It is so easy, through complacency to end up on a road that not only doesn’t take us where we want to go, but actively takes us away from our destination.
I’m a hopeless navigator by nature. I don’t usually carry a map and I rely on scribbled directions and circular search patterns to find the places I want to go. It should come as no surprise that I often get myself lost.
A few summers ago I took a solo road trip to New Brunswick to visit my family. Since I wasn’t bound by anyone else’s schedule I felt free to take my usual laisser-faire attitude toward navigation.
I knew I had to cross the St. Laurence Seaway at some point and I could either take the tunnel in Montreal or cross the bridge at Quebec City. I tried to find the tunnel route, but got turned around and figured I should abandon the hunt and move on to Quebec City since I was eager to see that beautiful city again anyway. And see it I did, from one end to the other as I cruised right past it on the highway without so much as a glimpse of the bridge. I figured the crossing must be just ahead because I was traveling along the shore of the St. Laurence and there had been no bridge and no signposts to guide me off this route. I carried on for an hour or more enjoying the scenery in the sweet certainty that my bridge was just ahead.
As I noticed the Seaway growing wider off to my right I felt a growing sense of self doubt. What had once been a decent sized river was swelling into a small sea and its large islands were blocking my view of the far shore and the road I was looking for.
“It must be really expensive to bridge an expanse like this” I thought to myself.
And I was right. The engineers and road builders had wisely known the truth I was only beginning to realize: there could be no bridge ahead that would carry me across the water.
So with no map and no cell service, I figured it was time to stop and ask for directions. I stopped in a charming little town called Ste-Anne-de-Beaupré. I asked the young girl behind the counter at the gas station where the bridge was to cross over to Rivière du Loup and she said two things that made me want to kick myself. One, the only crossing north of here was the ferry and two, she’d never heard of Rivière du Loup.
My choices now were to either drive on and probably find the ferry closed for the night or go back and find the bridge. Both options were going to cost me the last of my daylight.
I decided to backtrack, and two hours later I found and crossed the bridge at Quebec City. I had lost four hours in what was supposed to be a 12 hour trip. A very dear price to pay for complacency.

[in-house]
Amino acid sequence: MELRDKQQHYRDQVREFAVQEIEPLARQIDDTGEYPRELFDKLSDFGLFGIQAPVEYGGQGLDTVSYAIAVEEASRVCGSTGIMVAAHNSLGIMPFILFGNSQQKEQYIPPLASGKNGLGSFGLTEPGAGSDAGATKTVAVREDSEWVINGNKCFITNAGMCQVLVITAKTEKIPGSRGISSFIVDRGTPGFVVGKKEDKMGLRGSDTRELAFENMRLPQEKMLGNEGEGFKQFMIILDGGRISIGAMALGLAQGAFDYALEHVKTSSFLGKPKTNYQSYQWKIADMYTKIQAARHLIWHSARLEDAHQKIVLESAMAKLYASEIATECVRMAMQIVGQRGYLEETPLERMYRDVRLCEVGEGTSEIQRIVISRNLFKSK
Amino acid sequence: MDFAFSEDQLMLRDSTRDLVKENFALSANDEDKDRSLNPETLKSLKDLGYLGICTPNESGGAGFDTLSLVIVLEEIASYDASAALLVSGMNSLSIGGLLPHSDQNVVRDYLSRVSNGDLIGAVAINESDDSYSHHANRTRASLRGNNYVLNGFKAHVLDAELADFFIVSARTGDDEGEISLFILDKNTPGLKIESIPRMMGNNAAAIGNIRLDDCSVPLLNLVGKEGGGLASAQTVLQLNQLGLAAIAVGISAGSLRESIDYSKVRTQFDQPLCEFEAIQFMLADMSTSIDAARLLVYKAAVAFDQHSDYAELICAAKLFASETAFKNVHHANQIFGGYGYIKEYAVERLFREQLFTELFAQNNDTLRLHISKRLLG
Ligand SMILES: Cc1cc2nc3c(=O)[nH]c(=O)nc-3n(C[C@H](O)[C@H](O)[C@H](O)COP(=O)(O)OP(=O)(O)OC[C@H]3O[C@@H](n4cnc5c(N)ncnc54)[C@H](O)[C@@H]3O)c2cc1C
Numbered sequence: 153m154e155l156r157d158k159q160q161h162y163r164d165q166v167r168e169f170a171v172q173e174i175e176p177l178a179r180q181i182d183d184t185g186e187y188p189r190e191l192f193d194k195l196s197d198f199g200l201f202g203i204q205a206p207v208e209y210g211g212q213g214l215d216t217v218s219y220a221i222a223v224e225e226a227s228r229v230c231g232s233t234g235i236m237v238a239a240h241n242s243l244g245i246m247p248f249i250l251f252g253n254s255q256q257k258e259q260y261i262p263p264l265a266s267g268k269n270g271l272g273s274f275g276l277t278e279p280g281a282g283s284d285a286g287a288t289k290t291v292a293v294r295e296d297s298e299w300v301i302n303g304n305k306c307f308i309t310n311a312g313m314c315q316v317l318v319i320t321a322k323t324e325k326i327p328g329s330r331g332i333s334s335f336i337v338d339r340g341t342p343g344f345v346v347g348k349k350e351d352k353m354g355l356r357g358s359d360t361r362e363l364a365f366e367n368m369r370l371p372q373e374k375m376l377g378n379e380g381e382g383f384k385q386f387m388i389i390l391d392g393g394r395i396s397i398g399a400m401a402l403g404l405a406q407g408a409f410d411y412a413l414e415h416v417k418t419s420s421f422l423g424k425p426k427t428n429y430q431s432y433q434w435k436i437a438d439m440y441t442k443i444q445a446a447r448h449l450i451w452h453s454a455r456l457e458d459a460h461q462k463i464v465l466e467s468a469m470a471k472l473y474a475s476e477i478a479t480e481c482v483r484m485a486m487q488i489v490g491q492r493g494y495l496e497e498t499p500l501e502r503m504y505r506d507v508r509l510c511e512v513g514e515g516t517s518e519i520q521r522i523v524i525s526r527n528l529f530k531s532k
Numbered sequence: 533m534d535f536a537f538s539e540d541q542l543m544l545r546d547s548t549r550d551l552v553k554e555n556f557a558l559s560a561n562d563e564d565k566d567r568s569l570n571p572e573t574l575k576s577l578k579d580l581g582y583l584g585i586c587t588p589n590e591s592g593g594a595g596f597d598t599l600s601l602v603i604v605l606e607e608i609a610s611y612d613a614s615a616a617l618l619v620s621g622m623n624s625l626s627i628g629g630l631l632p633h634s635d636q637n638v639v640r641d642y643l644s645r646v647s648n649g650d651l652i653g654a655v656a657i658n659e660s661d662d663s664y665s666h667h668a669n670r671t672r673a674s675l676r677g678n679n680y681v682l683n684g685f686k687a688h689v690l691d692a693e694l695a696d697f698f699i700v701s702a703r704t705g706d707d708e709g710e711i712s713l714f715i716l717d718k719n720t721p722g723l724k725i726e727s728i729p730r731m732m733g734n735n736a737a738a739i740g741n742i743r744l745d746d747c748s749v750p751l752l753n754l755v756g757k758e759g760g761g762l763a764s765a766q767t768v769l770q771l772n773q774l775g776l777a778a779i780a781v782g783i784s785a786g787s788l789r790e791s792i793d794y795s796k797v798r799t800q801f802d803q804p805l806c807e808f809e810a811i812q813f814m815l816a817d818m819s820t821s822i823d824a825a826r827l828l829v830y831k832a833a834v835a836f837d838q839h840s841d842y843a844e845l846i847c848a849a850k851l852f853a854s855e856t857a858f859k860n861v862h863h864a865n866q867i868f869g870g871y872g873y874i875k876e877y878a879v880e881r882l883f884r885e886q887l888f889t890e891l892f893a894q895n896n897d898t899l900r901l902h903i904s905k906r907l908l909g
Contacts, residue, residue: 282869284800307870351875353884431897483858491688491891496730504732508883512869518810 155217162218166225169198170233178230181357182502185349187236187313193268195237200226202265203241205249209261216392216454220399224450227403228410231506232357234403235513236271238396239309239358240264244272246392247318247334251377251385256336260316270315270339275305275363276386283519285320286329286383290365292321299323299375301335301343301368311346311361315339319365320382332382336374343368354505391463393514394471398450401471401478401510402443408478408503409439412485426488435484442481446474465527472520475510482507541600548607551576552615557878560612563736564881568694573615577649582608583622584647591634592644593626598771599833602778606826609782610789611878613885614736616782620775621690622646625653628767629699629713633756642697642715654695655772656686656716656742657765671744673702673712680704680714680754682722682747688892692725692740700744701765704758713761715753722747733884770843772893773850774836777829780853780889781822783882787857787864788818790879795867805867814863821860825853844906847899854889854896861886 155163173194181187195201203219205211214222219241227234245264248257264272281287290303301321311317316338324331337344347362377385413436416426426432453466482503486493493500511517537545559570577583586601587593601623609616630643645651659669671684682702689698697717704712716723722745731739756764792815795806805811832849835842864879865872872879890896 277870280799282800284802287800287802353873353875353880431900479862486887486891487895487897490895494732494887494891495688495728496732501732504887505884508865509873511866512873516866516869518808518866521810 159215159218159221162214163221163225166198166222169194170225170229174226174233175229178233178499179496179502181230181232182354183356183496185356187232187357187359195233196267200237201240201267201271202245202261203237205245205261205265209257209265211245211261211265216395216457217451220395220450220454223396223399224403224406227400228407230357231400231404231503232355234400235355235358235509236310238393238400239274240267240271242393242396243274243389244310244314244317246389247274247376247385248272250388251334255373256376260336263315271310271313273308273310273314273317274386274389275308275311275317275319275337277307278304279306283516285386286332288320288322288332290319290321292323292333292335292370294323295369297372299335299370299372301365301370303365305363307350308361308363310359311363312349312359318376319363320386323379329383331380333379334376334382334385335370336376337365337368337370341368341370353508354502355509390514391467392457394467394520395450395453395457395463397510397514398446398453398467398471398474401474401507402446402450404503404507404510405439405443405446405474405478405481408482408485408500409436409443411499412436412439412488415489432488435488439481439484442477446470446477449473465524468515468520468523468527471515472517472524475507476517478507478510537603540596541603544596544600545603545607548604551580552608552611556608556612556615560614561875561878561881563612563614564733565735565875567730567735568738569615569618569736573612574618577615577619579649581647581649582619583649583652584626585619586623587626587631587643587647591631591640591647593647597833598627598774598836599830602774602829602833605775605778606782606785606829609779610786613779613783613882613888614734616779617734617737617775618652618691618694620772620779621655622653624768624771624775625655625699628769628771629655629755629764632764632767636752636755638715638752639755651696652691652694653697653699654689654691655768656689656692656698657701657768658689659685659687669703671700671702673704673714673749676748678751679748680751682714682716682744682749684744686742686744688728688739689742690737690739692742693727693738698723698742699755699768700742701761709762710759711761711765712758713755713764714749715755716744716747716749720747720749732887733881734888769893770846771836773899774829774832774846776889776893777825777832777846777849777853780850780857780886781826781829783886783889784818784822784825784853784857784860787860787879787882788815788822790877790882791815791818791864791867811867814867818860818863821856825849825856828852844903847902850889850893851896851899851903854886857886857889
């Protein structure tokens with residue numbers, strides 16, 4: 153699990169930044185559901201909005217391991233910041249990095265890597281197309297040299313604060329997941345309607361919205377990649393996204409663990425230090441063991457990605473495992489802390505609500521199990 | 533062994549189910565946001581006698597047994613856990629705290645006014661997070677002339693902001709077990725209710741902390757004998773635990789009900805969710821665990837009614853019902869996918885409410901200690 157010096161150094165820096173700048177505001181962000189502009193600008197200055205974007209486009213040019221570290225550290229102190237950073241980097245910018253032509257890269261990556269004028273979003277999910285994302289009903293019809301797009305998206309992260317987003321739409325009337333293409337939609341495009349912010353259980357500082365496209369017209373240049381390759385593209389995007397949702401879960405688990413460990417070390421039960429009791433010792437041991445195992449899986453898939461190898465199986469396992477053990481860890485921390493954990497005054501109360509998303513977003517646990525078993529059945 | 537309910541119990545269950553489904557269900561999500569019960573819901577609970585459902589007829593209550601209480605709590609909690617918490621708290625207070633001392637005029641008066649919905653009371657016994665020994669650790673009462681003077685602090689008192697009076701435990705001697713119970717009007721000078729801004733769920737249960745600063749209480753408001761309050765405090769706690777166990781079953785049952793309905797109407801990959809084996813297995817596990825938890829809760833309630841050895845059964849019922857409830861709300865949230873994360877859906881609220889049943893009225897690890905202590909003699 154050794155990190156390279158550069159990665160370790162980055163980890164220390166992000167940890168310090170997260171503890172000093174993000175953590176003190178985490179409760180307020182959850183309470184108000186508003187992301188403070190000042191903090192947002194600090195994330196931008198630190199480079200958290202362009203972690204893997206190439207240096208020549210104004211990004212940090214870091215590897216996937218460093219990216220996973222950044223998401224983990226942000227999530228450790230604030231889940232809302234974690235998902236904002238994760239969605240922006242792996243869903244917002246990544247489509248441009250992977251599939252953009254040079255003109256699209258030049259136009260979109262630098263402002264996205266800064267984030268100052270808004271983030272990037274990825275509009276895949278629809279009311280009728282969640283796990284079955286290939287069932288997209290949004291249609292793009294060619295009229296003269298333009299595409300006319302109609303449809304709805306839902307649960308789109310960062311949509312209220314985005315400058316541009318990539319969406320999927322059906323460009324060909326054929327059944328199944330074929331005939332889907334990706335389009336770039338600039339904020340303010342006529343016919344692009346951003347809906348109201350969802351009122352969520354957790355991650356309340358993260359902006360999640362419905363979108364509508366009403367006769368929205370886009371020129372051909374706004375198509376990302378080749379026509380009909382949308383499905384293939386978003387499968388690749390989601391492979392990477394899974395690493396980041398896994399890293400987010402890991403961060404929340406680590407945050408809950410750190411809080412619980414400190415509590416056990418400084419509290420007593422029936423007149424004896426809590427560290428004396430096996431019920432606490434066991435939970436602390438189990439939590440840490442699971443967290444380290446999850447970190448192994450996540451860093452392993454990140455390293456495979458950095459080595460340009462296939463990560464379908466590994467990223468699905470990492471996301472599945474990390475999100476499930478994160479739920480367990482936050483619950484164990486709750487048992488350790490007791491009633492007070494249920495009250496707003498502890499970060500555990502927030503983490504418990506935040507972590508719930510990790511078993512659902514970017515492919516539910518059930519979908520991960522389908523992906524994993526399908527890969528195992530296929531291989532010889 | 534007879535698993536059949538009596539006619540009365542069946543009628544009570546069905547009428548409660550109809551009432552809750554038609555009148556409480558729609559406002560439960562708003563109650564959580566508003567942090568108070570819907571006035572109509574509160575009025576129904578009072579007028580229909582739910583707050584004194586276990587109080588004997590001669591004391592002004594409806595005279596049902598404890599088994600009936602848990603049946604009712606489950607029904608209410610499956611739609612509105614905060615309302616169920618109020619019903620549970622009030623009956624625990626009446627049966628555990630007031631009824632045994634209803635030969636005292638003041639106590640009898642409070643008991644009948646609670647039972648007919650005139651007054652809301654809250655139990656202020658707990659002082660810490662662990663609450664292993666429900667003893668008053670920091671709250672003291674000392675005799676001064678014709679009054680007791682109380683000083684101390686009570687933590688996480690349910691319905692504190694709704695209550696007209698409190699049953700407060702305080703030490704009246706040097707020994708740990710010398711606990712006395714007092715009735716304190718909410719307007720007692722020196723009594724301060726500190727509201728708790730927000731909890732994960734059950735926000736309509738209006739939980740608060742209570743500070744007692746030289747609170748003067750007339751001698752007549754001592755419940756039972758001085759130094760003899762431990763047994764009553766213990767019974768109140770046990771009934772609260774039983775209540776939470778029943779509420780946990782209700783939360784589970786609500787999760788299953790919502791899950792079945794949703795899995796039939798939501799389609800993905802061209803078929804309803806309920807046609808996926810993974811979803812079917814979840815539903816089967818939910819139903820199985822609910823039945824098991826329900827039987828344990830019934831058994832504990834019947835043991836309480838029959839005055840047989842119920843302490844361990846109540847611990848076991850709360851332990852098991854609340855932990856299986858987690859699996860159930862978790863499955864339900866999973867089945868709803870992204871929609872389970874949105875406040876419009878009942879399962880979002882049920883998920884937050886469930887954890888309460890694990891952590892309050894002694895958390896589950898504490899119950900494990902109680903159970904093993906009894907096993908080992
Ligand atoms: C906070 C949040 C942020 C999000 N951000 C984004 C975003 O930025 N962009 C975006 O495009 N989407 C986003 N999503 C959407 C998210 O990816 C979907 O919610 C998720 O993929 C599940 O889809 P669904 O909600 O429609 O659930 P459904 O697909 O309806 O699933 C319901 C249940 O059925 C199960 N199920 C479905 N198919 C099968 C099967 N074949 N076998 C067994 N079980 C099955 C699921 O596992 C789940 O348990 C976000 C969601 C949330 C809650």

I knew there was a lesson in this mistake but didn’t know what it was until recently. My experience with crossing (or failing to cross) the St. Laurence is a parable for the paths we choose to follow in life. It is so easy, through complacency to end up on a road that not only doesn’t take us where we want to go, but actively takes us away from our destination. Sometimes we don’t even know we’re going the wrong way because we can still see the road we want off to our right. I could see the path I needed to take but since I was traveling parallel to it, I couldn’t see until too late that there was no way for the two roads to ever meet up.
If I had taken a map with me I would have known immediately that I needed to change course. But in life we seldom have a reliable map, except for perhaps our hearts.
How do you balance the need to enjoy the journey of life and the hard work of finding your path?
Sometimes you can plod along enjoying the journey with no regard for destination, but at some point you pay the price for having left behind the bridges to where you want to be.
Your heart and your intuition can act as roadmaps and neglecting them is a sure way to lock yourself onto a trajectory that will divide you from who you want to be and the dreams you want to chase.
Lately, I’ve been actively ignoring my heart in favor of reason and logic. As a result, I almost missed the bridges that lead to my next adventures.
Have you been living your life on autopilot or missed opportunities to move in the direction of your passions?
Maybe you feel these chances are lost forever, but no matter how costly it may be, you can still choose to backtrack and find the bridge that will take you home.